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A Philosophy of Curriculum

The Cautionary Tale of Simultaneous Languages in a Decentered World

Bryant Griffith

Curriculum has become the new wonder word for our times. Even more, curriculum has become a concept, and an idea. This book provides a speculum mentis, a map of the mind, of modern curriculum theory to help trace the interactions between various forms of thought as they play out in contemporary schooling. This book is also about how the weaving of various forms of thought provides an umbrella of understanding about the nature of curriculum and perhaps a glimpse of human understanding.
One of the presuppositions of this book is that there are often, and perhaps almost always, multiple strands of ideas at work simultaneously. In the modern world when they come together they form a coherent set of theories which can be called a paradigm. In the de-centered world that this book suggests the history of ideas then might be best described as being a bit like our own mind. We often have divergent opinions about who we are, what we want to do and so on. One of the central concepts in contemporary education, reflection, is an attempt to help us override that tendency, to become more pragmatic by focusing and getting on with the job. This might work in the world of formal education where one can coerce students to be more goal oriented for short periods of time by testing them, but in reality that doesn’t happen to most of us a lot of the time.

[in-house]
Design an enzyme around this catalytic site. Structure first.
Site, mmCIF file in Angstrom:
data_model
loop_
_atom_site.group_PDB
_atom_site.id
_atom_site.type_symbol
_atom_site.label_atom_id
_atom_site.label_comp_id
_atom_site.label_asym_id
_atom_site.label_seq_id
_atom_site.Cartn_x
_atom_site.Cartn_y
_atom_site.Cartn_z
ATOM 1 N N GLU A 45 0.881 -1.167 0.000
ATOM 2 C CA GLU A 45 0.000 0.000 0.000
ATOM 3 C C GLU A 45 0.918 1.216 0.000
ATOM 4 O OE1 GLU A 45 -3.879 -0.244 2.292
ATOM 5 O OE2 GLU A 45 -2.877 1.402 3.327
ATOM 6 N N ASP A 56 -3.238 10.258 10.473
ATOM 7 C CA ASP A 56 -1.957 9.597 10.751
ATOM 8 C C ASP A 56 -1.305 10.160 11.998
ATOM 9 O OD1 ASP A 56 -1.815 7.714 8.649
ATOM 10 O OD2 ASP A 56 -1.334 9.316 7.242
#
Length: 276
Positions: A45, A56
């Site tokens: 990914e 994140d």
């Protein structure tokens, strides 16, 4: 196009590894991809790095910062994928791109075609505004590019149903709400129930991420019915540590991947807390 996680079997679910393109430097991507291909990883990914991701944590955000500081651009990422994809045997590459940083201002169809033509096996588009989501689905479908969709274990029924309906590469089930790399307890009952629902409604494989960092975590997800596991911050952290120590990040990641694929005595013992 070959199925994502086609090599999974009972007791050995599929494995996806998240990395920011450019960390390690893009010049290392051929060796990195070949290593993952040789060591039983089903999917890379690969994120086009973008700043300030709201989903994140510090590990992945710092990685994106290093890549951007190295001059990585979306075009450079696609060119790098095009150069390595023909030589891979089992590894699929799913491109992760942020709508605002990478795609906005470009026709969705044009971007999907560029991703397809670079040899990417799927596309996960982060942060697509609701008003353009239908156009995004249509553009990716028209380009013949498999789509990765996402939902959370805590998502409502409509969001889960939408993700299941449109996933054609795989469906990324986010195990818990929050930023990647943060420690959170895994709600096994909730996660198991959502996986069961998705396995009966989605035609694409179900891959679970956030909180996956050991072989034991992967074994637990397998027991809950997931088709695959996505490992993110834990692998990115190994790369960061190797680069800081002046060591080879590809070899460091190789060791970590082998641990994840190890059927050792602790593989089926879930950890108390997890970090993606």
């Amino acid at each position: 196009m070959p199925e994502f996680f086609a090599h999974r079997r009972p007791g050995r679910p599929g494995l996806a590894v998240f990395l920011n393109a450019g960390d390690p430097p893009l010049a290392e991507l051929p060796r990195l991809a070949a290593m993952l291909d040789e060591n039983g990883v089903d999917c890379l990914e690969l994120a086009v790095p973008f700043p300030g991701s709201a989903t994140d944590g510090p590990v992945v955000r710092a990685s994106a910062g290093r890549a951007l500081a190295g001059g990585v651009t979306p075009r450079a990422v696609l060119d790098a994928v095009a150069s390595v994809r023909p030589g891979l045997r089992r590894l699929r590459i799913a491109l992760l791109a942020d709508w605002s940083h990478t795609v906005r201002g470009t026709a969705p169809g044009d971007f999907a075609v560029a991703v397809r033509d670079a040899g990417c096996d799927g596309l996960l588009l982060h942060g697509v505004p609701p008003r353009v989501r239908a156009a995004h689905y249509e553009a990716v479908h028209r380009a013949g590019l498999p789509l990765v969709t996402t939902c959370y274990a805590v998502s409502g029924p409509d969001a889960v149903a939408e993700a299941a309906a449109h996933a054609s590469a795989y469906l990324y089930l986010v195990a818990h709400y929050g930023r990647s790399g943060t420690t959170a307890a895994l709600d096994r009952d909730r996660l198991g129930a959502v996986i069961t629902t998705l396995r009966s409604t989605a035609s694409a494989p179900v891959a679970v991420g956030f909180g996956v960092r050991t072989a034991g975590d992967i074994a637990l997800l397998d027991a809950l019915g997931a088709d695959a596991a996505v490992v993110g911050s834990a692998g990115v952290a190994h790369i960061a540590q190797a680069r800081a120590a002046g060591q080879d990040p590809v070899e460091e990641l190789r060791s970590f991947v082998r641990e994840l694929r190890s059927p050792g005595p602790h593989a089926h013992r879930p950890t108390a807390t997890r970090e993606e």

To illustrate this point strands such as the development of theoretical physics in the early part of the twentieth century, a discussion of the part which philosophical thinking plays in the development of curriculum, particularly in a post modern sense, a recasting of narrative knowledge and a focus on mavericks learners, are discussed.
To live in this modern- post modern world requires reflective thought about the question of what form connectedness will take. In this case the small narratives of the thinkers who have experienced the tension between the modern and post modern world as they variously grappled with their inabilities to construct a unified theory are examined. It is suggested that this failure is a primary illustration of the grand narratives initial collapse. Further, it is suggested that the smaller stories of men and women working to paper over the cracks in the proceeding decades represent the foundations of a metaphor for the human condition as it in fact is not as it has been constructed.
Bryant Griffith is currently a Professor in the College of Education at Texas A&M University - Corpus Christi. He has also been on the faculty of the University of Calgary in Canada and has taught in various public school settings. Dr Griffith has published widely in the areas of curriculum theory and the philosophy of education.

Bryant Griffith

Education is a dance of complexity and struggle. Unfortunately, our educational system is tied to the observable and the verifiable, not the randomness of human beings and their diverse forms of expression. The reality of the contemporary classroom is a context of multifaceted diversity, with each classroom reflecting unique combinations of ideology, culture, and language, played out in numerous forms and permutations of multi-textual discourses. The influence of each contextual space is only limited by one’s ability to understand its complexity and to acknowledge it.
Teachers and learners are roommates of sorts, connected by the web of discourse and praxis, woven inside the global community. We live in a world where common understanding is desperately sought, yet one where language is often not tied to common understanding. Exploring the need for shared community within this context, Griffith provides a path in which the diverse ways of knowing can interlace to form pedagogical moments in which teachers and learners can deconstruct and construct alternatives.